Or, How I Learned To Stop Worrying And Love The Freedom.
IMAGE SOURCE: The New Yorker
Obvious facts aside: It was difficult to adjust (when I made 'the switch' was during the Windows XP days). Most people do not know the technical aspects of their devices (RAM, Processor, Graphics Processing Unit, etc.) and their capabilities, which is a big plus when playing around with the 'brains' of your 'blood and bone' machine. Many would not even know where to begin when it comes to booting their laptops or PCs from a disk or usb drive. And, above all, who really has the time in their busy day to have to relearn something that they already seem to use fairly easily (their own Windows or Mac machines).
There is much to be found in the form of forums and groups all over the internet in relation to GNU/Linux, in both it's development and for support. These are my personal reasons for choosing GNU/Linux and basically abandoning Microsoft/Windows and Mac.
IMAGE SOURCE: gog
It was a time around when cyber bullying and trolling were in their infancy, just before the explosion of protests and occupy movements began springing up on a daily basis across the world. A time when 'hacker' was still labelled as bad people with bad intention, and I recognized a need for anonymity for everyone involved for many different reasons.
Around that same time I had a relative who was very adamant that I give this CD he had a try, how easy it would be to put in my CD tray and simply press F11 when booting up (being sure to select "boot from CD"). He explained to me how most hackers and people who write viruses primarily target Windows Users, and that even though Mac may be a bit more secure it is still proprietary.
IMAGE SOURCE: postimg
Proprietary... meaning that no matter how many hundreds or even thousands of dollars one might poor into equipment and hardware, if they are using Microsoft/Windows or Mac to run it then it does not entirely belong to them. You may own the equipment it's running on, yet you do not own the brains running it all. You do not have the right to modify or redistribute most of it. You have little to no rights to the code other than the explicit use of it.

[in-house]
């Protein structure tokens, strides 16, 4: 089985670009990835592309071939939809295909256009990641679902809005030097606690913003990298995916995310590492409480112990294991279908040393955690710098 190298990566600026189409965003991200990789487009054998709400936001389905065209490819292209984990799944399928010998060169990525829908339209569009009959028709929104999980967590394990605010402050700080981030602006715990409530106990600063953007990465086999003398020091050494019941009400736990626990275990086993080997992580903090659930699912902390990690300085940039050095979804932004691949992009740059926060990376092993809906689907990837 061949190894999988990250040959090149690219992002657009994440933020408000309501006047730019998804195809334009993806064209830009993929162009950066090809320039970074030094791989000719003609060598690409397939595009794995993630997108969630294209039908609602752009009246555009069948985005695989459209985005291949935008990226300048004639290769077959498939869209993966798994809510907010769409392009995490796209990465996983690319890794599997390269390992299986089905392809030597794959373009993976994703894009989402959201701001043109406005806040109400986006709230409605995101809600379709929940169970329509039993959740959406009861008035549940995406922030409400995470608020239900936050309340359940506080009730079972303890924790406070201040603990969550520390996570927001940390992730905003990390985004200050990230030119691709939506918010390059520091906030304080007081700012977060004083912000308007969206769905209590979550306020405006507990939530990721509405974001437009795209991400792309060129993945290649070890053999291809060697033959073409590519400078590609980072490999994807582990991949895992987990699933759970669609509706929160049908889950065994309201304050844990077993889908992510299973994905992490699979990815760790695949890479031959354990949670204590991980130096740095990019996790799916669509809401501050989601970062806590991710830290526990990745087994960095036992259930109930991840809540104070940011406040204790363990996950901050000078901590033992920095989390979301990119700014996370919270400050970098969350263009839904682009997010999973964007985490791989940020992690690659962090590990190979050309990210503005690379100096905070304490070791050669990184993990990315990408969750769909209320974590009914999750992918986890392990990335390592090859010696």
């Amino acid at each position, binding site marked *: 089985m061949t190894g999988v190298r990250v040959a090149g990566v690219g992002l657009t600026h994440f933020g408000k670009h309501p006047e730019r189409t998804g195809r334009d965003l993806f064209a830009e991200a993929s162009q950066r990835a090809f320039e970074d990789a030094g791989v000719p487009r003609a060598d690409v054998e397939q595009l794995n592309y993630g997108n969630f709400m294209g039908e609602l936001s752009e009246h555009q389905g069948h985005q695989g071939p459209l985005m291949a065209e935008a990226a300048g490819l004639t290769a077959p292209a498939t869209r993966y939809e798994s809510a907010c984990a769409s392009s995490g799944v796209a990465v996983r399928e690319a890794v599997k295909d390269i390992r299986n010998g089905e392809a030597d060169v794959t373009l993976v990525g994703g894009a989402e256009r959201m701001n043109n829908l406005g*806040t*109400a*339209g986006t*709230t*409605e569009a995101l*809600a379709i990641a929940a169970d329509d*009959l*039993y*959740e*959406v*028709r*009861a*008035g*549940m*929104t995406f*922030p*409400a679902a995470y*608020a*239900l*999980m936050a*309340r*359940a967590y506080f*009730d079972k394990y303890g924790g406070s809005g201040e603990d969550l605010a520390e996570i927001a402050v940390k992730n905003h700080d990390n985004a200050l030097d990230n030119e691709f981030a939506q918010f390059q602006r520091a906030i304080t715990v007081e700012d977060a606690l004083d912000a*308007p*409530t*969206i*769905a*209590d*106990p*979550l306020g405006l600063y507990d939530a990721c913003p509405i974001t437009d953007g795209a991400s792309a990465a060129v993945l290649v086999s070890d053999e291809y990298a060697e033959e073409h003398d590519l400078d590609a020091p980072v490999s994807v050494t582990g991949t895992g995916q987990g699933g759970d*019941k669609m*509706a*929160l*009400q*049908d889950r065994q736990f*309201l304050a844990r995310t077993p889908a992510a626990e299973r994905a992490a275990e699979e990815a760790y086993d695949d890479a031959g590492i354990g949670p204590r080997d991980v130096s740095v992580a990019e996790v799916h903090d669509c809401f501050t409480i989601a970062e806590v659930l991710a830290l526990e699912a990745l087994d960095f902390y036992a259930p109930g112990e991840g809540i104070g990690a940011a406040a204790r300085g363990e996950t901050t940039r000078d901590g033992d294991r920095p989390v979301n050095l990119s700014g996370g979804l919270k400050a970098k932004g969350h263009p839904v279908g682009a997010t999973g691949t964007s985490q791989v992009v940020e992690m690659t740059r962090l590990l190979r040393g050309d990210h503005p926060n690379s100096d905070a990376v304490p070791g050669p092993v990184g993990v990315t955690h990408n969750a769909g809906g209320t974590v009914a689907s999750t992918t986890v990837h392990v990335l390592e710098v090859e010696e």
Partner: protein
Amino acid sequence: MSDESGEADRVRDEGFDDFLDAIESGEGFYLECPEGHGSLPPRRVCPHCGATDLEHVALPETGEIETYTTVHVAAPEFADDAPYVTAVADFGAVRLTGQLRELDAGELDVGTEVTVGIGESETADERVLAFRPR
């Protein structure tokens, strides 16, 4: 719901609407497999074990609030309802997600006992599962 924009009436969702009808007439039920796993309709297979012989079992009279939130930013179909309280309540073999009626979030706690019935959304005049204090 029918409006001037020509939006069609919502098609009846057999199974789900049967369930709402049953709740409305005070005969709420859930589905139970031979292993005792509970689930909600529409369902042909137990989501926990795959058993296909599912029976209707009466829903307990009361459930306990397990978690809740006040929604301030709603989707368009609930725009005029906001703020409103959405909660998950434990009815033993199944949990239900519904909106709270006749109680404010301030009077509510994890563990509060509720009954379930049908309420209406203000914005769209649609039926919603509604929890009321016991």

So I fired up this LiveCD experiment at the behest of my relative. And, though the boot time was a bit long (I did not know or understand a single thing about RAM Memory or using it to run an entire operating system in), was pleasantly surprised by what I experienced.
I believe it was Ubuntu, and older version on an older kernel so long ago. The Update Notifier, the Software Center, all those packages similar to software that only runs on Windows (proprietary) and costs hundreds of dollars (Adobe Photoshop) yet for free... the cool default desktop wallpapers, the system settings and monitoring so simplified and easy to find/use.
So I immediately broke away from Windows, opting for a dual-boot set-up to keep my Windows Partition "just in case". And have since only used the Windows to play video games (which doesn't happen that often, Assassin's Creed!).
And since the many years that have followed, and in having learned use of the command line and all the different geeky-nerdy options that comes with being a GNU/Linux User, I have also learned how important it is to the Internet as a whole (the majority of servers that run the Internet are, in fact, a GNU/Linux Server of one flavor or another). I have learned I am free to play with most any of the code and redistribute it as I like. I have learned it uses FAR LESS resources to run (lower memory use, smaller disk usage, cooler temperatures, low system loads, etc.) than compared to even Windows 10 (yes, my better half is a Windows fan - yes, my dual boot is Win 10/Fedora 25). And I have to worry little about Microsoft's "phone home" practices and tactics (I've even seen Win 10 change the settings on more than one occasion, along with many other suspicious activities at the OS level).
It just seemed like a win/win, and to me so far has. On the rare occasions I do jump on a Windows machine, that is the strange and unusual experience to me. This, in a GNU/Linux environment, is where I call virtual home.
Find many different flavors of GNU/Linux, most which can be run in a live RAM environment without even touching your hard drive, here - livecdlist.